Sure, the days of the CCD are numbered, but don't start planning the funeral just yet.
The recent news that OnSemi will discontinue production of CCD sensors (formerly made by Kodak) next year sent shockwaves through the amateur astronomy community. Many proclaimed the end of CCDs in astrophotography.
But not so fast! Camera manufacturers are stockpiling CCDs, so they are still going to be available for awhile, and Sony is still planning to make CCD sensors until 2025. That’s another five years, and the stockpile from that will last a few more years still. So yes, some hot properties on the CCD market are going to disappear sooner than we’d like, but CCDs are still going to be widely available for astrophotography for some time to come.
So, which one should you use? The answer isn't straightforward — there are pros and cons to both. I could use some graphs and formulas to show you that CCDs outperform CMOS, but that would be both silly and slightly dishonest. The question is really more nuanced — it's more like asking which is better, steak or hamburger? I love steak too, but sometimes I’m really in the mood for a good hamburger. Who hasn’t had a lousy steak? Who hasn’t had an amazing hamburger? CCD and CMOS cameras are the same — really.
First, it's widely claimed — and it's true — that CMOS technology is catching up to CCDs. But they haven't caught up yet. While you could easily cherry pick some counterexamples, in general it's still objectively the case that CCDs are better suited for low-light and scientific imaging purposes, especially astrophotography.
What’s been slowly shrinking over the years is the how much better CCDs are than CMOS. There is no reason to think that, at least eventually, this gap could completely close. The lower cost of CMOS is an important factor. CMOS technology has certainly made imaging vastly more affordable, and a high-end CMOS camera can deliver better results than a low-end CCD camera if your goal is photography.
There's also no question that CMOS technology can deliver excellent high-quality images. For example, most DSLRs are CMOS-based, and they represent the pinnacle of consumer and professional imaging technology today.
That said, low-end CMOS cameras are still really terrible, just as we’ve seen our share of terrible low-end CCD cameras. As always, really cheap cameras perform like . . . really cheap cameras. At the low-cost point, which sensor technology is employed only plays a minor supporting role in performance.
And when it comes to scientific imaging and astrophotography, CMOS technology still has some significant challenges to overcome. The biggest of these are non-linearity and amplifier glow. These issues are being taken seriously by manufacturers — the very ones that are planning to discontinue CCD production. Of course, things like amp glow, pattern noise, and non-linearity can easily be glossed over or manually corrected for in aesthetic photography. But when it comes to doing hard science, there's still going to be a market for CCD sensors for the foreseeable future.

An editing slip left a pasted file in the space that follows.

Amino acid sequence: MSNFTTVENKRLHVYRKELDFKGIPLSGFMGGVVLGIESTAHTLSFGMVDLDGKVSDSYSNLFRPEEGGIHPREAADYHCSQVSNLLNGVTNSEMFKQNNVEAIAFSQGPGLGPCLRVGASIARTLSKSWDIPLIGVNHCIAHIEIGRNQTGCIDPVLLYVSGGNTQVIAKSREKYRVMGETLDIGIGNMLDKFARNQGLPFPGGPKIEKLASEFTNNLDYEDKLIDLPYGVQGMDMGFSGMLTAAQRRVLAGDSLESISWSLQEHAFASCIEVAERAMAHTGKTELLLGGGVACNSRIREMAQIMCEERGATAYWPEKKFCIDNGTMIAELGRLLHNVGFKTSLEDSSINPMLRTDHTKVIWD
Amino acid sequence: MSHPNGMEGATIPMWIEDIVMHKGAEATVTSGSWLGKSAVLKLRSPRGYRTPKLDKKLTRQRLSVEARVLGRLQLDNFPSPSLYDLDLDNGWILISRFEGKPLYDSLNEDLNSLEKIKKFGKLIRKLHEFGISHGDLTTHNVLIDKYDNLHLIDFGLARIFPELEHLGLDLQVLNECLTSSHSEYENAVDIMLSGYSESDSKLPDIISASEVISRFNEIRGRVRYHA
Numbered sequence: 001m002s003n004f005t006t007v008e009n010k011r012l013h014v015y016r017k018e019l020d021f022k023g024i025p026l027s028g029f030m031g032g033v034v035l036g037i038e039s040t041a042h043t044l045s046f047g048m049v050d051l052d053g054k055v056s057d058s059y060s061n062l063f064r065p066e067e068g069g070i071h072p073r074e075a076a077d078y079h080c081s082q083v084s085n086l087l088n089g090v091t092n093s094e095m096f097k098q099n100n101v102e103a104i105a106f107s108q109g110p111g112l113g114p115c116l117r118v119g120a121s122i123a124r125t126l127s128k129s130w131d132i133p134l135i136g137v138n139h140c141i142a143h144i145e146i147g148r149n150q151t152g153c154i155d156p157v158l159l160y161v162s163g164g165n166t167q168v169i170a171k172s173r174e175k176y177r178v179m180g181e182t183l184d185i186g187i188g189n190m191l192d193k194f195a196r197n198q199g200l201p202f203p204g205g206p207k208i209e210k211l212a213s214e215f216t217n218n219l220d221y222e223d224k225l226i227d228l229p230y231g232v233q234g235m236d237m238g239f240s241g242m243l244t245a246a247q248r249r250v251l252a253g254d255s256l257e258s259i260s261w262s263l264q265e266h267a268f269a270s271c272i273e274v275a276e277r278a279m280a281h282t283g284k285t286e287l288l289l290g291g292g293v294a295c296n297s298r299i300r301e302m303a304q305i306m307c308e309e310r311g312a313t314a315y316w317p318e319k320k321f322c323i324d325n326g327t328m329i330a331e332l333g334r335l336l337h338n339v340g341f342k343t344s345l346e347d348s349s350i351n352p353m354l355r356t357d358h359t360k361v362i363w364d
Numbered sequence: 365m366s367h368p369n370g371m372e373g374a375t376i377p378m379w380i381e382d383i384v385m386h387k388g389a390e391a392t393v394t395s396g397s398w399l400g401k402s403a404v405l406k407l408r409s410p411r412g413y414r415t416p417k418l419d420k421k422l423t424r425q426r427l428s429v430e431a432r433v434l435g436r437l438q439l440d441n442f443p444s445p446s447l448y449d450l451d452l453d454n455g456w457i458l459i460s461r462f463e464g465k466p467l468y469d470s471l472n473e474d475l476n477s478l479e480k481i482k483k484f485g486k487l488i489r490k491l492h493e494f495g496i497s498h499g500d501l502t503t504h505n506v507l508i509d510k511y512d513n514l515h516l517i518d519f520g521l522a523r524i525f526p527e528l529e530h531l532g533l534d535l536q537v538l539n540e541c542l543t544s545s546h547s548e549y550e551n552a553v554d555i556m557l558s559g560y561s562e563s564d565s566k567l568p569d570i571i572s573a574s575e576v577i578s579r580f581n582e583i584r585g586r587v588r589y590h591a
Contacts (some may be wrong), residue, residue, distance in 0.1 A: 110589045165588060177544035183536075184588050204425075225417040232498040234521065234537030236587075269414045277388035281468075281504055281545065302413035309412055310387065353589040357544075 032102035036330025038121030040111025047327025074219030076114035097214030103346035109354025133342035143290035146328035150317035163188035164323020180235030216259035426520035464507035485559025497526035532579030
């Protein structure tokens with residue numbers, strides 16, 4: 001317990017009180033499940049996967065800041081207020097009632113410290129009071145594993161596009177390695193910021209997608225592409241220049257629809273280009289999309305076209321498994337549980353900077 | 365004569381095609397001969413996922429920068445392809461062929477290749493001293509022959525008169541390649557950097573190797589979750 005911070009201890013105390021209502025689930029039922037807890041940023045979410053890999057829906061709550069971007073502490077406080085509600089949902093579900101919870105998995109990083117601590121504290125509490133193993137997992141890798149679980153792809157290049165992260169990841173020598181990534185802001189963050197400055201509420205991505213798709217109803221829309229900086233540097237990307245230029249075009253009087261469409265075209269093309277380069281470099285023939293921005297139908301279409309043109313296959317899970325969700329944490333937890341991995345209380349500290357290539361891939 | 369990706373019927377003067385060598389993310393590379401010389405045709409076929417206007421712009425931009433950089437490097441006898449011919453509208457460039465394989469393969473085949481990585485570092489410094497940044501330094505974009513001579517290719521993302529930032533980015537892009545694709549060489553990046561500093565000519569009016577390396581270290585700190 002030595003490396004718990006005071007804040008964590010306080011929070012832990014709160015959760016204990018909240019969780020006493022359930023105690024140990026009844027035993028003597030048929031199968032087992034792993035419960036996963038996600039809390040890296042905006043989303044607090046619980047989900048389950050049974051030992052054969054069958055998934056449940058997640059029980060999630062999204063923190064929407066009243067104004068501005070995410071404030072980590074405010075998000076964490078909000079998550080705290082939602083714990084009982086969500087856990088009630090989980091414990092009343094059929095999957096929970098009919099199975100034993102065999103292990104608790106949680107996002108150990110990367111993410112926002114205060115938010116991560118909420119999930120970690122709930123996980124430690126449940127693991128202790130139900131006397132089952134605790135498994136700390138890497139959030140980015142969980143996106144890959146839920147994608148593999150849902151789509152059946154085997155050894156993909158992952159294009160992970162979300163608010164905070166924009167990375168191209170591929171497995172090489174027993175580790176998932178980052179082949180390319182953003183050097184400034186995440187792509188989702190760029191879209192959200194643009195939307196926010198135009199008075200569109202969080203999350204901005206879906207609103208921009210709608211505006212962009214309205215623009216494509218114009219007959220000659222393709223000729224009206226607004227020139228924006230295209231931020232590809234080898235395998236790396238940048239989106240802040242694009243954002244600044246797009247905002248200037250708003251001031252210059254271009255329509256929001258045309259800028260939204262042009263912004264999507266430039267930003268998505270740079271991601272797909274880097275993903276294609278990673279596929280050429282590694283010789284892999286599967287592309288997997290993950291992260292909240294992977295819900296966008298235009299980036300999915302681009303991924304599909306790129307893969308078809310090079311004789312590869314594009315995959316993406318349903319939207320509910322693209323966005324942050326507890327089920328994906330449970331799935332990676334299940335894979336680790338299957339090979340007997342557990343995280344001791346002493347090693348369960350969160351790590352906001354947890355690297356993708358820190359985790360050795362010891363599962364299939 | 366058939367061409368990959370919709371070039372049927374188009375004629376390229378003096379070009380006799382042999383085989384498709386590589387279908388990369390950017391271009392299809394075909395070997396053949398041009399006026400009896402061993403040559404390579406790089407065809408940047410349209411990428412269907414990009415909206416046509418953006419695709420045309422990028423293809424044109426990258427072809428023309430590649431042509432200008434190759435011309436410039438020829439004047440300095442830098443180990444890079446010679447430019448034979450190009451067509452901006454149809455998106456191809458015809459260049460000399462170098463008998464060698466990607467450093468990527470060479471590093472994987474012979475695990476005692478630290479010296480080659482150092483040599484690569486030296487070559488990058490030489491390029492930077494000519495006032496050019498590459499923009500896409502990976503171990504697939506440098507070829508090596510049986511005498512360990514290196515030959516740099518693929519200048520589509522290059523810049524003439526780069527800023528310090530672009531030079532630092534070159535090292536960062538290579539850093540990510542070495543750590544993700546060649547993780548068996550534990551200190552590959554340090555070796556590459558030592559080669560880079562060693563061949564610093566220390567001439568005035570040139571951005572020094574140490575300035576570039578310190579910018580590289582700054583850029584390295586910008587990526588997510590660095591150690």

Three Answers to "CCD or CMOS?"
I’m not a hardware engineer and I don’t play one on TV but, as a software engineer specializing in camera control, I do have a more than casual understanding of the field. I see three market segments, each of which will have a different answer to "CCD or CMOS?"
In planetary imaging, lucking imaging with the current crop of CMOS sensors is the way to go. For this kind of imaging, you have lots of signal, very short exposures, and readout speed is king. A low-cost, high-speed CMOS-based video camera is a huge win over a much more expensive and slower CCD camera. In fact, since the signal typically swamps the other important noise factors, I’d say CMOS has already supplanted CCD in this arena.
If you’re doing scientific imaging, CCDs win hands down. CCDs allow you to meticulously calibrate your images and make scientific measurements in ways significantly ahead of what can be done with most CMOS sensors.
If you're like me and are mostly interested in deep-sky astrophotography — making beautiful yet faithful representations of objects in the sky — then either detector can give you great results, as long as it’s a good-quality camera. Some $600 camera isn't going to outperform a $6,000 camera regardless of detector design; the other components around the sensor matter too. As in all things, you get what you pay for.
So, it's going to get a little harder to find a good steak soon. I'm really hoping that the hamburgers can rise to the challenge.